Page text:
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Old Johnny Is Included

I once served as a volunteer in a mission for homeless men.  My job was to serve the evening meal and spend some time in fellowship with the men staying in the shelter.

After serving the meal I prepared a plate for myself and sat with the men in the dining hall.  I sat at a table with about ten men and began to chat.  Sitting to my left was a fellow known as Old Johnny.  He was a sixty-nine year old gentleman suffering from mental illness and alcoholism.  As I was eating, Old Johnny suddenly grabbed my arm and began to squeeze.  He was surprisingly strong.  “Why are you here?  Why are you doing this?”  He said in a loud voice.  I wasn’t sure how to answer.  I sat frozen in fear.

“Why are you here?  Why are you doing this?”  He asked again—this time with an even louder voice.  “Don’t worry about Old Johnny,” another man said.  “He’s just a little crazy!”  The other man laughed.

“Why are you here?  Why are you doing this?”  Old Johnny asked one last time.  Then he released my arm, grabbed his Little Debbie snack cake, and left the table.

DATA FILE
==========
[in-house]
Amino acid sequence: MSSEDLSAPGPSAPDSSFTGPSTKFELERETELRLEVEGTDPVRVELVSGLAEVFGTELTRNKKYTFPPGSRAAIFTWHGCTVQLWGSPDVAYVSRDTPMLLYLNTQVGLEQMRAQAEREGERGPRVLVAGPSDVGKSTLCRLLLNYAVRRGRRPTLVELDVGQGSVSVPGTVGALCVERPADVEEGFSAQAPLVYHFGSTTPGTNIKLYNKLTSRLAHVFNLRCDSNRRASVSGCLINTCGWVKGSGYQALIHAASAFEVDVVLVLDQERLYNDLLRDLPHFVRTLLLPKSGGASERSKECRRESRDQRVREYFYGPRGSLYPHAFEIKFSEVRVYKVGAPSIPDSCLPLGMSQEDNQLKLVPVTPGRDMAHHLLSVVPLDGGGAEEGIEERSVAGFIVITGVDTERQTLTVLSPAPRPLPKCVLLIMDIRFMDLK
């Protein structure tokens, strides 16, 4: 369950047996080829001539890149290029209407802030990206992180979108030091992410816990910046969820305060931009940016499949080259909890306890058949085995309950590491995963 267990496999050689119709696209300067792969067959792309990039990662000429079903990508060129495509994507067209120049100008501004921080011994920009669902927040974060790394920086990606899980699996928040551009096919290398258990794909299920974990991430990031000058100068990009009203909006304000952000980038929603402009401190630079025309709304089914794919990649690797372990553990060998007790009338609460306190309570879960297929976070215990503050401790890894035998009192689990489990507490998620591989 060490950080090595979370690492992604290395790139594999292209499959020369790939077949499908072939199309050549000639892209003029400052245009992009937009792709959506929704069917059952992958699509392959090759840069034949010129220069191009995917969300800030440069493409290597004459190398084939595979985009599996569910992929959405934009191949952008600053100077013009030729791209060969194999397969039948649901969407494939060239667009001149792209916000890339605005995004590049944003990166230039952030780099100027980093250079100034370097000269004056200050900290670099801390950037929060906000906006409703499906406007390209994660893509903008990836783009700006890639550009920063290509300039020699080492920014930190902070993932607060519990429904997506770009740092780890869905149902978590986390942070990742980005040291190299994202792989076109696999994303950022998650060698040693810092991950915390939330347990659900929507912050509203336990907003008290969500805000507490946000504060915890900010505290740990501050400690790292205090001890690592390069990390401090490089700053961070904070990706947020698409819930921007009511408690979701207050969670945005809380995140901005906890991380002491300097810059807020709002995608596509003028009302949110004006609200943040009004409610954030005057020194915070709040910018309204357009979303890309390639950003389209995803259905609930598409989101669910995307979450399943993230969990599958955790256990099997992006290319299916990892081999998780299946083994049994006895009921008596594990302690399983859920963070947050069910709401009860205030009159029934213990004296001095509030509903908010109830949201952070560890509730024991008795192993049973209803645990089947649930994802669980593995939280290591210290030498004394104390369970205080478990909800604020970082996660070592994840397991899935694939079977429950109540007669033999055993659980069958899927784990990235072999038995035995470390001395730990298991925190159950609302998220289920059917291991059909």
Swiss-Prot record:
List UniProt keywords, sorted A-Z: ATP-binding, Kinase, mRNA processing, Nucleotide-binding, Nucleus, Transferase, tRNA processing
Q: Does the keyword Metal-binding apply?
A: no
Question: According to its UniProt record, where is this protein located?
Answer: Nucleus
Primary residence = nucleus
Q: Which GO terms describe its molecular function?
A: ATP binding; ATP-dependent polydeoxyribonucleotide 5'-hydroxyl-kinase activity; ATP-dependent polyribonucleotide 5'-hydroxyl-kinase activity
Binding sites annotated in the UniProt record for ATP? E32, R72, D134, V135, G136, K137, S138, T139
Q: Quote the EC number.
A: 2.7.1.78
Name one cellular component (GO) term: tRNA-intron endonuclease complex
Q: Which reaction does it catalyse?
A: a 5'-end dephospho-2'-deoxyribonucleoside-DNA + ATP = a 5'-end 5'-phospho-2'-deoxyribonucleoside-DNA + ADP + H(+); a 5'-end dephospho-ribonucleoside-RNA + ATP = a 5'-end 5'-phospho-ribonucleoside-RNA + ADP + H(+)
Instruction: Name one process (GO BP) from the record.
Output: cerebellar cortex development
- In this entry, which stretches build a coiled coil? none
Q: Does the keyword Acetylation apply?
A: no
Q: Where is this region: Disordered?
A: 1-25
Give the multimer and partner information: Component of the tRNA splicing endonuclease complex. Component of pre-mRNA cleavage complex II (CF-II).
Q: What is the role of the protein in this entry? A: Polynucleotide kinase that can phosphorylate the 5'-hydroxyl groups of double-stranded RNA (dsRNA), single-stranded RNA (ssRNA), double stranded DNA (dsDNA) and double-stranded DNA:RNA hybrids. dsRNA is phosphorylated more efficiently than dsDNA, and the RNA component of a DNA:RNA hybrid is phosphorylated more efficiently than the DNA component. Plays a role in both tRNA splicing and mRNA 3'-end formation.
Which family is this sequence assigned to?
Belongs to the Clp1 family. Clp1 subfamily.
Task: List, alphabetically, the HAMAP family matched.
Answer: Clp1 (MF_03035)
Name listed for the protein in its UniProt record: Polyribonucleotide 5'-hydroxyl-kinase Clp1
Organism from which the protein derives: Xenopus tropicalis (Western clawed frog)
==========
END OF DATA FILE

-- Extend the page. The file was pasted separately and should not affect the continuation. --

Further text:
An hour later we all gathered for the chapel service.  Since I was a young “preacher-boy,” I was asked to say a prayer, read the scripture, and bring words of welcome to the assembly.  When I finished I took my seat.  The hall was filled.  There was not an empty seat in the entire place—except the one to my left.  From the back of the room Old Johnny came and sat in that seat.  For the entire service he sat watching me.

When the service was over, Old Johnny asked: “You’re a preacher, ain’t you?”

“Yes I am!”  I replied, nervously looking for an avenue of escape.

“Now I know why you’re here,” he said.  “Now I know why you’re doing these things.”

“Why is that?”  I asked.

“Because you’re forgiving me,” he said.

I got to know Johnny quiet well over the next few weeks.  I learned his story.  He had been raised in a home where mental illness was thought to be the result of demon possession.  His parents took him to several preachers at tent revivals to, as Johnny put it, “kick that demon out on his (rear).”  Nothing worked.  His parents forced him to move out of their house when he was 23.  His family and church rejected him.

For almost 30 years, Old Johnny had lived in shelters, jail, and on the streets.  He was an easy mark for thieves and hoodlums.  He became an alcoholic and was addicted to other drugs.

Somehow, through the ministry of some Christian shelters and ministers, Old Johnny heard the gospel and experienced God’s grace.  He discovered that he was forgiven and loved by God and some of those who called themselves God’s people.
How would you and your church react if Old Johnny, or somebody like him, arrived in your sanctuary this Sunday?  Would they feel forgiven?  Would they feel accepted?  Would they feel loved?  Would they be included? 

* Read 1 John 3

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